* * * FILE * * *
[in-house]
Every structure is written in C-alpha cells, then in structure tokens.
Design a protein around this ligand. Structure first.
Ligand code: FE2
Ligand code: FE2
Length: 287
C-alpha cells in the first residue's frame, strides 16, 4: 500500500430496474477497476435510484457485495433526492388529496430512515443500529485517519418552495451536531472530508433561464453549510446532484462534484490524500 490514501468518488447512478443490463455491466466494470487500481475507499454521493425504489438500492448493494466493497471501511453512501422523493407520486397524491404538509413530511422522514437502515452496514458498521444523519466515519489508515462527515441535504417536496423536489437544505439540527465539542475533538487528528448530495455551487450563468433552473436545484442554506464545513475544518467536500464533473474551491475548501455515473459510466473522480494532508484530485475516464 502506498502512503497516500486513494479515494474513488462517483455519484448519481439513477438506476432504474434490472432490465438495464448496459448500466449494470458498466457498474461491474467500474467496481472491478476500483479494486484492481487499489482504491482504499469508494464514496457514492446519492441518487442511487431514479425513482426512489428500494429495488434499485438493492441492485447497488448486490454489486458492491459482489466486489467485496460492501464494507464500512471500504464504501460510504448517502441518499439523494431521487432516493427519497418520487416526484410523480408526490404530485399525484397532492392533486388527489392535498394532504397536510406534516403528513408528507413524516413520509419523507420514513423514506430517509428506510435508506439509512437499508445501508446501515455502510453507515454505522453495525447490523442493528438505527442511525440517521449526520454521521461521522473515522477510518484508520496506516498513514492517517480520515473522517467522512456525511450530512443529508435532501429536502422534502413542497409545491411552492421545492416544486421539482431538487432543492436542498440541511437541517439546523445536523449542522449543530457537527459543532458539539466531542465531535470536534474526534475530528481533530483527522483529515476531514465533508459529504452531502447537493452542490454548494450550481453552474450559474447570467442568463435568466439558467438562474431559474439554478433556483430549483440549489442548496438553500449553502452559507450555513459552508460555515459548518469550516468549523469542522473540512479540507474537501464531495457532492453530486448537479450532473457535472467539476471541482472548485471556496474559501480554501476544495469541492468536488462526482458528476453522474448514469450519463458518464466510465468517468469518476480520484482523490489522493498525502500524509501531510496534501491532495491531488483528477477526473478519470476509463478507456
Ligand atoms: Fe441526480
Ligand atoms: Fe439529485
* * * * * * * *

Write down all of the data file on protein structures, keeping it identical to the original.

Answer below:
[in-house]
Every structure is written in C-alpha cells, then in structure tokens.
Design a protein around this ligand. Structure first.
Ligand code: FE2
Ligand code: FE2
Length: 287
C-alpha cells in the first residue's frame, strides 16, 4: 500500500430496474477497476435510484457485495433526492388529496430512515443500529485517519418552495451536531472530508433561464453549510446532484462534484490524500 490514501468518488447512478443490463455491466466494470487500481475507499454521493425504489438500492448493494466493497471501511453512501422523493407520486397524491404538509413530511422522514437502515452496514458498521444523519466515519489508515462527515441535504417536496423536489437544505439540527465539542475533538487528528448530495455551487450563468433552473436545484442554506464545513475544518467536500464533473474551491475548501455515473459510466473522480494532508484530485475516464 502506498502512503497516500486513494479515494474513488462517483455519484448519481439513477438506476432504474434490472432490465438495464448496459448500466449494470458498466457498474461491474467500474467496481472491478476500483479494486484492481487499489482504491482504499469508494464514496457514492446519492441518487442511487431514479425513482426512489428500494429495488434499485438493492441492485447497488448486490454489486458492491459482489466486489467485496460492501464494507464500512471500504464504501460510504448517502441518499439523494431521487432516493427519497418520487416526484410523480408526490404530485399525484397532492392533486388527489392535498394532504397536510406534516403528513408528507413524516413520509419523507420514513423514506430517509428506510435508506439509512437499508445501508446501515455502510453507515454505522453495525447490523442493528438505527442511525440517521449526520454521521461521522473515522477510518484508520496506516498513514492517517480520515473522517467522512456525511450530512443529508435532501429536502422534502413542497409545491411552492421545492416544486421539482431538487432543492436542498440541511437541517439546523445536523449542522449543530457537527459543532458539539466531542465531535470536534474526534475530528481533530483527522483529515476531514465533508459529504452531502447537493452542490454548494450550481453552474450559474447570467442568463435568466439558467438562474431559474439554478433556483430549483440549489442548496438553500449553502452559507450555513459552508460555515459548518469550516468549523469542522473540512479540507474537501464531495457532492453530486448537479450532473457535472467539476471541482472548485471556496474559501480554501476544495469541492468536488462526482458528476453522474448514469450519463458518464466510465468517468469518476480520484482523490489522493498525502500524509501531510496534501491532495491531488483528477477526473478519470476509463478507456
Ligand atoms: Fe441526480
Ligand atoms: Fe439529485